Roadside Roadhouse

We got on County Highway B about a quarter mile from the cottage by the Red Barn Campground and rode our bikes east on it. There was a decent shoulder on the freshly paved road and not a lot of traffic. The SSW breeze coming off Shell Lake gave us a slight tail wind on the slow grade up to the intersection with Highway 253. Deborah had left the cottage a few minutes before Sherry and me to get a head start on us, since she knew we were stronger cyclists. We did not catch up to her until we were almost to 253. We crossed 253 and started down the steep downhill on B to its intersection with Highway 53, a very busy road, especially on a holiday weekend.

“Careful crossing here,” I called to everyone as we braked at the bottom of the hill approaching the stop signs that marked the busy road. There was a large median strip on 53, so we crossed the highway in two stages, first waiting for southbound, then northbound, traffic. It was slightly uphill again on the other side of 53, but only for a couple hundred feet. As we crested the small incline, we came upon a couple of dogs running free along the edge of the road – what looked like an Australian shepherd and a German Shepherd. Sherry had ridden ahead and so encountered them first. When I saw they didn’t pay much attention to her, I relaxed a little bit, knowing they weren’t aggressive. Deborah was a few feet behind me on her bike.

“I wonder whose dogs these are,” I called back to her over my shoulder.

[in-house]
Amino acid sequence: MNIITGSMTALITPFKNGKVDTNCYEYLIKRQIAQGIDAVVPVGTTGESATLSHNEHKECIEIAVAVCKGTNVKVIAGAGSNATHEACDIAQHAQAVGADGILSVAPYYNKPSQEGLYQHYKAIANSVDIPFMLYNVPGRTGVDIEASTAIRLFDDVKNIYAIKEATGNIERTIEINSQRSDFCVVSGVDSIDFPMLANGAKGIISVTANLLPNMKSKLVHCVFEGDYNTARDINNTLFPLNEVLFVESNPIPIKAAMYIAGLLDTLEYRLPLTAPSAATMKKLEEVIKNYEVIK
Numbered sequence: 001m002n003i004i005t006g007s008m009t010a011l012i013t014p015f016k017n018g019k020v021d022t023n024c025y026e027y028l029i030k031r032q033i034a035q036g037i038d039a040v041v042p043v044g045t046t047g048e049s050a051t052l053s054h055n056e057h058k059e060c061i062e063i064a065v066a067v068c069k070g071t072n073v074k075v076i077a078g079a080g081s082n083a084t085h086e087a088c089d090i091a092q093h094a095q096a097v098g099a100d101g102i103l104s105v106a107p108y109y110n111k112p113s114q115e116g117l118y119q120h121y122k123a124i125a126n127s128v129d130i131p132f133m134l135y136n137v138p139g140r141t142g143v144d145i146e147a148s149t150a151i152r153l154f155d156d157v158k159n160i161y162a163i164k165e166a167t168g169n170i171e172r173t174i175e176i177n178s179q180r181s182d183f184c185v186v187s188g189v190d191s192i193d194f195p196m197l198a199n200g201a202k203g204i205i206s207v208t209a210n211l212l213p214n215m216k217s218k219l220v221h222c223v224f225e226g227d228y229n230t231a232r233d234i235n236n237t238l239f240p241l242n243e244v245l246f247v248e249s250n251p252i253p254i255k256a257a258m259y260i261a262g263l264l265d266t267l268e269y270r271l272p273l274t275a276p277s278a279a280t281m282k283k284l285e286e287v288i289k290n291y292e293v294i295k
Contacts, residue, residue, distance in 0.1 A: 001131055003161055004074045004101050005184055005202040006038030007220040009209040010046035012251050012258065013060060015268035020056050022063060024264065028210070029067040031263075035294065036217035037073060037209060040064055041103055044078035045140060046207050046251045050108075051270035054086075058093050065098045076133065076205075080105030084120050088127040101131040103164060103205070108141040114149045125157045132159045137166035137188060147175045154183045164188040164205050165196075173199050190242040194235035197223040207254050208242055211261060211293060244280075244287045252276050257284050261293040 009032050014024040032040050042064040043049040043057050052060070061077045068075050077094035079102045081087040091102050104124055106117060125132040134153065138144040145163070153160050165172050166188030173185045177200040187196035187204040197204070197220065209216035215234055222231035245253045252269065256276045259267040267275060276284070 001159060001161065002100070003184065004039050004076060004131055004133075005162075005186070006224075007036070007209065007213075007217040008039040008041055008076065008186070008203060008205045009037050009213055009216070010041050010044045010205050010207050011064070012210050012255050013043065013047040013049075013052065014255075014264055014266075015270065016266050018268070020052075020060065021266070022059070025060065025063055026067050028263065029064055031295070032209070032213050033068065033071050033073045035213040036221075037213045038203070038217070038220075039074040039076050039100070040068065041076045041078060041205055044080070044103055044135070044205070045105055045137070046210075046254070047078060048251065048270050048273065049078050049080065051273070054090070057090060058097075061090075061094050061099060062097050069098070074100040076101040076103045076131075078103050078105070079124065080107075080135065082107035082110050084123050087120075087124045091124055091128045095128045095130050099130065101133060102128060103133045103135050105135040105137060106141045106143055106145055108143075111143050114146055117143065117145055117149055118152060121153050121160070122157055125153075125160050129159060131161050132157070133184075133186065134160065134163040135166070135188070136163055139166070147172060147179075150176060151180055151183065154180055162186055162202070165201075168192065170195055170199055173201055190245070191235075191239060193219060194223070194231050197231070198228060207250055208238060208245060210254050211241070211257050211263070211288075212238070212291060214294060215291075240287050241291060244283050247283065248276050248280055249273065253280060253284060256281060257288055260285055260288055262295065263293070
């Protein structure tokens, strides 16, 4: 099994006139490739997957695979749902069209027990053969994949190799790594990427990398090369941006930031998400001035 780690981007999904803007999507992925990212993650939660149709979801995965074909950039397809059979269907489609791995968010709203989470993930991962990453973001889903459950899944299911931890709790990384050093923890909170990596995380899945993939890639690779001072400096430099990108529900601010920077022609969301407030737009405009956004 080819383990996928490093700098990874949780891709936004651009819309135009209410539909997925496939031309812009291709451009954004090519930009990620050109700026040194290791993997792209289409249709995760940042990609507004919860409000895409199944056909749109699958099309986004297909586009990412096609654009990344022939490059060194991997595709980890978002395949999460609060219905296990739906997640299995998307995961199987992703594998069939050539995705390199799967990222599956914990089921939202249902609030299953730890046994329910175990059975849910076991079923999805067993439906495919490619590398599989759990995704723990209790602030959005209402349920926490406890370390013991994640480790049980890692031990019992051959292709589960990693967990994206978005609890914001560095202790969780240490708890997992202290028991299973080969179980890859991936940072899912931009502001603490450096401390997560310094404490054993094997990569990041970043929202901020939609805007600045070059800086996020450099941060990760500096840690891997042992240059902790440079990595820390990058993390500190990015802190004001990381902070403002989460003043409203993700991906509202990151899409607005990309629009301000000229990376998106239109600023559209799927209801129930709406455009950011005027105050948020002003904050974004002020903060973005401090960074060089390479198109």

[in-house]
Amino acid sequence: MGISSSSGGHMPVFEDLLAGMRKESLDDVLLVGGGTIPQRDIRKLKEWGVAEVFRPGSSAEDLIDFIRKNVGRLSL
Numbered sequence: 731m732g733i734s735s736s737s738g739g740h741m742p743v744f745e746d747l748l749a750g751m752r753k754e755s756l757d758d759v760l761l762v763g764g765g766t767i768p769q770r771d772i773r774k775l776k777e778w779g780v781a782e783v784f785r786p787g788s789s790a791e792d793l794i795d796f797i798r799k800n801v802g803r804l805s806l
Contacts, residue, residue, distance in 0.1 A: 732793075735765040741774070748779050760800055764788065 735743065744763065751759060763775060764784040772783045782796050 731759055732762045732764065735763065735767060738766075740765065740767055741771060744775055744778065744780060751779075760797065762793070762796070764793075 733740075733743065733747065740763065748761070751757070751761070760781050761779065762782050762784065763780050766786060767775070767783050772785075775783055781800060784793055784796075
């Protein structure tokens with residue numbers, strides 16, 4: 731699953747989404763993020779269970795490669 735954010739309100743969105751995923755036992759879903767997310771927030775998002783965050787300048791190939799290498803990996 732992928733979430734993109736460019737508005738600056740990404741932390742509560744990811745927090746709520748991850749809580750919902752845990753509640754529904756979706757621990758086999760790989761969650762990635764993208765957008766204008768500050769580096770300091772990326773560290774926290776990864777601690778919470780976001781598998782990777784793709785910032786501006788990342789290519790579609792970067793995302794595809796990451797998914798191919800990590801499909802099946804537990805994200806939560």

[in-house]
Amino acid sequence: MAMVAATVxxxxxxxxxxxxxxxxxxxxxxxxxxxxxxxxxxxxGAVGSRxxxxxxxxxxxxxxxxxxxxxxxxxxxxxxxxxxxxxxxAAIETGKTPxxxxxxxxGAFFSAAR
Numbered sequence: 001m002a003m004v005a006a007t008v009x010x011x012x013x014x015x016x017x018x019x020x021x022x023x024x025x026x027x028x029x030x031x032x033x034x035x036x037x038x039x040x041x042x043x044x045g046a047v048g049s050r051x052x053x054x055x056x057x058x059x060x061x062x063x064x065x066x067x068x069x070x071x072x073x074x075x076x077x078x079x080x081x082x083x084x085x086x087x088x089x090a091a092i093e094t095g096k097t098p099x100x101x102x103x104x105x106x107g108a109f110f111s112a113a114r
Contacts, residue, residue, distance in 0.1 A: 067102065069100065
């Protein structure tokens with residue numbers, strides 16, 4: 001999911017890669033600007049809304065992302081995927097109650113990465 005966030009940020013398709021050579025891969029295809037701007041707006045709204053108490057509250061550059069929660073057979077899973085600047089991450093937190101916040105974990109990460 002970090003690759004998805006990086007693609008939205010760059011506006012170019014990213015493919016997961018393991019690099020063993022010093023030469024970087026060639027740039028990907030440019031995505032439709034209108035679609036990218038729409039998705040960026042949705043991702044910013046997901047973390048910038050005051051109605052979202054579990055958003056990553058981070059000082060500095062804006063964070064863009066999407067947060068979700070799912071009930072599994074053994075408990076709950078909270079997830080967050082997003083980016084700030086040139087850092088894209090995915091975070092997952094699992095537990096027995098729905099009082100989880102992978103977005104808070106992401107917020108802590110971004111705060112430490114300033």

“Don’t stop,” Deborah said.

“I am not gonna,” I replied. “But they are kind of a hazard running in the road like that. They might get hit by a car.”

Our first stop was Rummel’s. Someone, presumably Rummel, had converted half their house into a bar. It was a very rustic operation, but totally legit. We steered our bikes into the gravel parking lot and locked them to the “Leinenkugel’s” sign post, on which was nailed a simple placard that read “Rummel’s.” It was highly unlikely anyone would steal our bikes, but being city folk, it was kind of an instinctive behavior to lock them. The parking lot contained a few cars and ATVs. Rummel’s sits next to a popular ATV track. Several humming bird feeders dangled next the entrance to the bar.

As I pushed open the door and stepped inside, several faces turned to look at me with bland expressions of unrecognition. As I usually do in such cases, I nodded and raised a hand in greeting to them, as if they should be expecting me. The bartender, Russ, recognized Sherry and I from prior years’ bike rides, as it was a regular stop on our journey.

I approached the bar.

“Oh, they have a patio,” Deborah said. “Let’s sit outside.”

“OK. What do you want to drink?” I asked Deborah and Sherry.

“I’ll just have iced water,” Deborah replied.

Sherry thought a moment and then said, “Yeah, I’ll just have a water too.”

I turned to the bartender as the women head toward the door to the patio.

“Give me two iced waters and two PBRs,” I said to Russ. “But first, do you happen to have the county sheriff’s phone number handy? We saw a couple of dogs running free on the road down by 53 and I wanted to call them in. You don’t happen to know whose dogs they are do you?”

“What kind of dogs?” Russ asked. I told him. “No, I don’t think so.” He rummaged for a phone book behind the bar and when he found the right number he read it off to me as I dialed it into my smart phone. It was the Shell Lake sheriff’s dispatch. I told the woman on the phone about the dogs and they said they would send someone out to have a look.

I hung up. Russ served up the drinks. I paid and took the drinks out to the patio in two trips.

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